I certainly won’t turn down a few-spot Lady Phase with the package, either. I’m definitely not understanding all the online Lady Phase hate, though. When did she become “one of the ugly ones”? Heretics!

While you could argue that she’s occasionally been overused, she is never not beautiful. 

The next thing you know, you’ll be telling me that Iced Oatmeal Raisin is not, in fact, the best cookie in the world. 

Anyway, I am glad that my intuition about the turn towards “vintage” has been proven somewhat right. And has piqued my interest. Will the Old Timer be turning up soon? I’d definitely be on board with that…

And then they dropped the next Store Special, which was the Troubadour I was expecting, in a colorway I was also (more or less) expecting:

Lovely, but I’m a little reluctant about him for one simple reason: I don’t have a lot of space to spare right now, and he’s one hecking chonk of a model. And I am still holding out for an affordable Stretched Morgan Special Run, as unlikely as that now seems to be. 

Tuesday, January 10, 2023

Old School

Oops, I bought something! That’s okay, it’s only a Stablemate:

When I went to drop off the sewing machine for service, there happened to be a Dollar General in the same shopping center, and as luck would have it, the one variation I needed to complete my set (for now) was there. So there’s one silver lining to the sewing machine drama!

After epically trying – and failing – to quilt a project on my backup sewing machine, I gave up and decided to focus on repairing that vintage Black Stallion custom that’s been sitting on my craft table for a year and a half. Here’s what I have so far:

I still need to finish the touchups – especially on his left side – and redo the ear I repaired: it’s too big and the style just doesn’t match the rest of the model. The base needs more work, too: I have to build up one side a little to stabilize the model better, fill in a few of the divots, and find a suitable piece of wood to mount it on.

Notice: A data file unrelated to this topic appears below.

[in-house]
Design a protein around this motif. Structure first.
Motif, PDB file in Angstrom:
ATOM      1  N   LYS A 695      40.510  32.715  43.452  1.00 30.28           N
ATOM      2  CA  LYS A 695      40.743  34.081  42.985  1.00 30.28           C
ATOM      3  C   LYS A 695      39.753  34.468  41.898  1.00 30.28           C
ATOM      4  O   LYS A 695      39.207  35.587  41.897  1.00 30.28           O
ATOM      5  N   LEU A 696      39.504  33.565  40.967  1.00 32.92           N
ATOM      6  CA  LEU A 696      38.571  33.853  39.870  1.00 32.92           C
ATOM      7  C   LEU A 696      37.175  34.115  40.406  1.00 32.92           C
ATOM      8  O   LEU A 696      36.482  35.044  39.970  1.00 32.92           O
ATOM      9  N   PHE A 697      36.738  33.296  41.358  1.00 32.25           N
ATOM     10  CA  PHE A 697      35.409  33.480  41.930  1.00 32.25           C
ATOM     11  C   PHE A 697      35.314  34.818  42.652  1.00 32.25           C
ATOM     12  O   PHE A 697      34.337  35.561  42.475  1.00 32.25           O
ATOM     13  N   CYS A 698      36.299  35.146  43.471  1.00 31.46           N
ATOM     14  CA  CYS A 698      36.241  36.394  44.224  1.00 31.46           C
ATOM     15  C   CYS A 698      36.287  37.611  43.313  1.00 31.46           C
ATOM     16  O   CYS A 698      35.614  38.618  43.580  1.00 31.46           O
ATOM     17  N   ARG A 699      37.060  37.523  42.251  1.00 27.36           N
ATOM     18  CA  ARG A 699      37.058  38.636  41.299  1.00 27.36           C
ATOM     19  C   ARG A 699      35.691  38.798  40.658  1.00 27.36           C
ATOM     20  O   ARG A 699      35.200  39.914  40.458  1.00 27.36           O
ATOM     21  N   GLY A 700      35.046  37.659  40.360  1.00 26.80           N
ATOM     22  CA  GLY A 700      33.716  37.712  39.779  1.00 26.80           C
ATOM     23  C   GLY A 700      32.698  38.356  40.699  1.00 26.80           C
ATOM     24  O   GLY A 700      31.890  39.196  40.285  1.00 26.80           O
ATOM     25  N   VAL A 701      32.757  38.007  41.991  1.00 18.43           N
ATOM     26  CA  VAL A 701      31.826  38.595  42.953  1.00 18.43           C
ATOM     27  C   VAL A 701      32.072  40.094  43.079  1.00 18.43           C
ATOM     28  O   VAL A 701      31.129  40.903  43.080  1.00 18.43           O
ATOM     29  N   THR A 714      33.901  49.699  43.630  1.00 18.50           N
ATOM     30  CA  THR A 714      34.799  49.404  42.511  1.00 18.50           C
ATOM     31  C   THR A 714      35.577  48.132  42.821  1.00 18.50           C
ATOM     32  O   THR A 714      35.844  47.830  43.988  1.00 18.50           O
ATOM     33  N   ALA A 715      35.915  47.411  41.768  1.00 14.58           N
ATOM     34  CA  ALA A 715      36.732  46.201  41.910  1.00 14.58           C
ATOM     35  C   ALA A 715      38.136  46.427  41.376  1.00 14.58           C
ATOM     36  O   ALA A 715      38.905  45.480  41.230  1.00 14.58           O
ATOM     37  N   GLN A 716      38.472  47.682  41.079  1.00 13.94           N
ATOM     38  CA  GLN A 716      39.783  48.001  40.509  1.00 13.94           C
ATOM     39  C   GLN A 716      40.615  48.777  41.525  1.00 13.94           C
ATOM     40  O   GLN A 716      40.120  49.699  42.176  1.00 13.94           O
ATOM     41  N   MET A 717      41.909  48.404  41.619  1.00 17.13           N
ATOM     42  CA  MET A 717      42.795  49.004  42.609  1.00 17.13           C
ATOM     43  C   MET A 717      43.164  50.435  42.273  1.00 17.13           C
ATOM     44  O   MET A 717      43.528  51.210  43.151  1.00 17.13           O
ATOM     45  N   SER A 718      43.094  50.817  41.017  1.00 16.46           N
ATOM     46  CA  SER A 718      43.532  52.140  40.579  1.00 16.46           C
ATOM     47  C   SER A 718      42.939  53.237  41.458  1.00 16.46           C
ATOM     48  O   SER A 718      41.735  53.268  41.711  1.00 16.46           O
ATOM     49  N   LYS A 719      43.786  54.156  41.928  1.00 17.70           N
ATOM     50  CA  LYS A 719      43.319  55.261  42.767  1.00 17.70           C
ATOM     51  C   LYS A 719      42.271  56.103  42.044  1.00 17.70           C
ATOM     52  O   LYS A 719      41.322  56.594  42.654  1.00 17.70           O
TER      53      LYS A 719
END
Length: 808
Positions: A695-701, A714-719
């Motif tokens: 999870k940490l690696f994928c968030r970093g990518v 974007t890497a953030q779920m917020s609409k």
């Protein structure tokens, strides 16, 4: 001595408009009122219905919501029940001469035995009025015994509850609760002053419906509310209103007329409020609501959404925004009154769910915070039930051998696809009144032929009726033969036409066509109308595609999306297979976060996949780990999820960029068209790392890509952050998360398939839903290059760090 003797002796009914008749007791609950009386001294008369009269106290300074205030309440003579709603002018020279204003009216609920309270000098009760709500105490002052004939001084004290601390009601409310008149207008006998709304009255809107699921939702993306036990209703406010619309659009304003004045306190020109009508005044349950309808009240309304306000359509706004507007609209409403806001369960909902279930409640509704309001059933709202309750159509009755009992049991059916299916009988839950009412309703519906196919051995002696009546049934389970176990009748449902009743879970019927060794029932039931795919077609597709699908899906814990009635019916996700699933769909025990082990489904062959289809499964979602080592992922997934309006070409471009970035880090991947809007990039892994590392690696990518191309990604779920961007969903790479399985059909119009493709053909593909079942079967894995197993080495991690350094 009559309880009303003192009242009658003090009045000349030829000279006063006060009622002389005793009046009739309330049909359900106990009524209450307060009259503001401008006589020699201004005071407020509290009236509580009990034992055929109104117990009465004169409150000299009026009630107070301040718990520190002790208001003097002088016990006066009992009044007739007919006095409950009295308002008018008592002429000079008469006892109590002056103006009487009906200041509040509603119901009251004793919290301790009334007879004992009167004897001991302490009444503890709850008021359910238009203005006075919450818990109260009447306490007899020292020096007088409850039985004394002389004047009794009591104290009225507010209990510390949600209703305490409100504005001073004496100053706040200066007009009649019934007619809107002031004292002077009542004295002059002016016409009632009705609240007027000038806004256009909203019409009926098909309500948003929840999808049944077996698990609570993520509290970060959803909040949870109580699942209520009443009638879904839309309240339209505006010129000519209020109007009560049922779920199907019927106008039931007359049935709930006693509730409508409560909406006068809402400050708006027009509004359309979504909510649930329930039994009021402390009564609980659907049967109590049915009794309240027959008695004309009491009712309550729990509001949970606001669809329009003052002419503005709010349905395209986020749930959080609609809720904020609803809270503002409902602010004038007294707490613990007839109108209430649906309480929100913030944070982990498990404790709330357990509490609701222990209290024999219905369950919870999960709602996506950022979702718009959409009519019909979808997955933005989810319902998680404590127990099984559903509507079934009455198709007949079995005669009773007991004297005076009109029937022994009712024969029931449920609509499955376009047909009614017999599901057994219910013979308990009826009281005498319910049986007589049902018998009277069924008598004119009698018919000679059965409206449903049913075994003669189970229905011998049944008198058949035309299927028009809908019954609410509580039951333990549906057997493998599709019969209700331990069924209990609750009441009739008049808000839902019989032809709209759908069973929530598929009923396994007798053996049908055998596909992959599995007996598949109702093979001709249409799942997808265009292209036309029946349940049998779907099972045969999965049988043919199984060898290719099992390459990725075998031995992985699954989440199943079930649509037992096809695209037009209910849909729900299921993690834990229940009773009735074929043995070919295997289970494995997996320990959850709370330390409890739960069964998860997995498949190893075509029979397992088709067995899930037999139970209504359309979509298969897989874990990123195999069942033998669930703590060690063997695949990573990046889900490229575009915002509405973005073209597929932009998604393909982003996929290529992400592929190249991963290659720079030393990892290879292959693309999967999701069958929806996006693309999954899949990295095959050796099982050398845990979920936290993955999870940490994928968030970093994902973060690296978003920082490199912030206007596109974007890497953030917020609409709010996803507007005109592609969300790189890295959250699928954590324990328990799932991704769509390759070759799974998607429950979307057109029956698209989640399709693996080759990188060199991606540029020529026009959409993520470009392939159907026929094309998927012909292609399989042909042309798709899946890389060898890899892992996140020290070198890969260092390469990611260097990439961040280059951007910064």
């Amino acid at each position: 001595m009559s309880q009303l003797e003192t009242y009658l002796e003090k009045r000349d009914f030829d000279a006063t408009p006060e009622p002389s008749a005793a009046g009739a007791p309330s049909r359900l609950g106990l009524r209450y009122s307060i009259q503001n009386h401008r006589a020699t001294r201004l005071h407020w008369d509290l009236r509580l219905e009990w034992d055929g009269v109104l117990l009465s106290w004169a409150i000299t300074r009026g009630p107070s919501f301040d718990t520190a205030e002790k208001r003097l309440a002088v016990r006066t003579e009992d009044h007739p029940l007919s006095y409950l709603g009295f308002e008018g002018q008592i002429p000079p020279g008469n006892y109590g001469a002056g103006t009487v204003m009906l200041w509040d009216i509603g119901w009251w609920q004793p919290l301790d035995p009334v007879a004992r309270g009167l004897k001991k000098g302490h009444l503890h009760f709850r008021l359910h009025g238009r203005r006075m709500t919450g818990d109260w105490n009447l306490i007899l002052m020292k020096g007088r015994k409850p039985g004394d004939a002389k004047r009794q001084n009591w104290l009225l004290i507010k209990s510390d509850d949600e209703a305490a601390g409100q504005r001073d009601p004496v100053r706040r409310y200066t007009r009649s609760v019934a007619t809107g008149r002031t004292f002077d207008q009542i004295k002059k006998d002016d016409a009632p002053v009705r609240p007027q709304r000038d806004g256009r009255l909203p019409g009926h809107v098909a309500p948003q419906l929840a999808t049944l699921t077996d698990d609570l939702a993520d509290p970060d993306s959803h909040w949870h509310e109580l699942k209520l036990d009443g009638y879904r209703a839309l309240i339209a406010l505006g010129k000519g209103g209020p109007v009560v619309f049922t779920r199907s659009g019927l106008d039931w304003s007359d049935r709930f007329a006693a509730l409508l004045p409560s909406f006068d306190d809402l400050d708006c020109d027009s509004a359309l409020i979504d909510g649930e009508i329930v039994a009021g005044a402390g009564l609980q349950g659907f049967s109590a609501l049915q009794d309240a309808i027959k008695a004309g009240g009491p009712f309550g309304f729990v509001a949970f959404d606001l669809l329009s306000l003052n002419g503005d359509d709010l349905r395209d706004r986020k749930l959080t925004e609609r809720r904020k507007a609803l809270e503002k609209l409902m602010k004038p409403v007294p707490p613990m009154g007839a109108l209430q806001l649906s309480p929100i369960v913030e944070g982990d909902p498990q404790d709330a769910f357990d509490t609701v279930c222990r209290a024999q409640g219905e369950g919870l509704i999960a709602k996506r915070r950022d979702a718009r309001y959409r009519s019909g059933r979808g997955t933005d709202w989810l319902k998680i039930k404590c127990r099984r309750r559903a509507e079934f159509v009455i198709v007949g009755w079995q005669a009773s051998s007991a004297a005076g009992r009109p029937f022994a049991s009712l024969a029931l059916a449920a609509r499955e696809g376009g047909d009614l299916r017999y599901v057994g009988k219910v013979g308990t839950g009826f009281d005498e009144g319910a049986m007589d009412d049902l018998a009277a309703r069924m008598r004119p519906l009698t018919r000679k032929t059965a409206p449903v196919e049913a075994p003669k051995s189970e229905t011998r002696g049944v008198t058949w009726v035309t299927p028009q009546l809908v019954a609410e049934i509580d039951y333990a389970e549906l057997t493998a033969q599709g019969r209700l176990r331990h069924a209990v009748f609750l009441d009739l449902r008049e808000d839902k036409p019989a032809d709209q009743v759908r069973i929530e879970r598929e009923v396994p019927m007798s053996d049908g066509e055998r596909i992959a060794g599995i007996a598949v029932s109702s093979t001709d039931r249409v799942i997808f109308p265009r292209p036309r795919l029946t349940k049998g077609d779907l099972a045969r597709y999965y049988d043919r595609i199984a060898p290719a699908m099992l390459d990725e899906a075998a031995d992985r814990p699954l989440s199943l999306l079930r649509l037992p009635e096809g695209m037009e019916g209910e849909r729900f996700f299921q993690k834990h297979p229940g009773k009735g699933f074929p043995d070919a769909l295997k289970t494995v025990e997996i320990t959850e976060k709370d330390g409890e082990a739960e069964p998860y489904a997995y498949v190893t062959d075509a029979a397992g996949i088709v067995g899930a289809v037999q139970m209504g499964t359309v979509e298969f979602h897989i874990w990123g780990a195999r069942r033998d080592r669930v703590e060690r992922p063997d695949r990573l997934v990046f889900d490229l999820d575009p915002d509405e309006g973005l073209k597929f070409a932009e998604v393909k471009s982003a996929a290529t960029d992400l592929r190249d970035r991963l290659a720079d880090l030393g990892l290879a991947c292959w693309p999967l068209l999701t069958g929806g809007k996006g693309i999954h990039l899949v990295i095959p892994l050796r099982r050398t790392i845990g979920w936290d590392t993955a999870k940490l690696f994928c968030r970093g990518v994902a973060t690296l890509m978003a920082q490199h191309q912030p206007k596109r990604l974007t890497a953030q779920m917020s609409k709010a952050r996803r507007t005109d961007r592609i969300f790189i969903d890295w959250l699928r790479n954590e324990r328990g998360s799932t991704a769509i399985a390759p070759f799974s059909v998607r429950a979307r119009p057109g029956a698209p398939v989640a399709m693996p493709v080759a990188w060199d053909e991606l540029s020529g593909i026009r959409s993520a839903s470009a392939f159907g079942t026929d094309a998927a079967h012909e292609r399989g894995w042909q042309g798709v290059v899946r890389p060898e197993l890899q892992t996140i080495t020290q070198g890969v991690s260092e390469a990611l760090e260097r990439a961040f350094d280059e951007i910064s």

And after all that, I’ll spray him with a matte varnish, regloss his eyes and hooves, and hair him up. I think I’ll give him a slightly fuller tail than he had before, to balance him out visually. The varnishing will have to wait until the weather warms up, though, so he might be on hold after the next round of touchups.

Restoring him has been an interesting challenge. It was tempting to modernize him, but I decided to keep him as original as possible. I stuck to the basic acrylic color palette we were all working with back in the 1980s, as well as the same painting techniques, which were a combination of wet and dry brushwork and “fingerpainting” for blending. 

I did add a little extra shading to his muzzle, though: it was a flat Raw Umber and looked a little odd compared to the rest of him. 

I know some people have attempted to go “old school” with their customs, in an offshoot of the NaMoPaiMo thing, but a lot of those efforts still look too modern for me. Not that the actual vintage product is better or worse, it just looks and feels different.

I think a lot of it is due to the fact that I was doing customs way back then, when all we had to work with was stuff like “Plastic Wood”, that funky green plumber’s epoxy, and whatever selection of acrylic paints and brushes the local department store happened to have in their “art” department. So I know how much struggle went into even the simplest of customs back then.

Even though it might look somewhat primitive in comparison to the work being done today, some of the artwork that was achieved under these circumstances was still pretty remarkable. I think modern customizers could learn a lot by going truly “old school”, with nothing much more than some basic acrylic paints, brushes, mohair and a pre-1985 mold (preferably a Hess!)

I’ll give you all a pass on the modern epoxies. As someone who actually had to work with Plastic Wood back in the day, that’s a step too far back even for me!

I still have no idea who created this fellow. I thought I was just going to fix him up to sell him, but I think he’ll be sticking around a while, especially since I seem to be acquiring quite the vintage custom showstring now.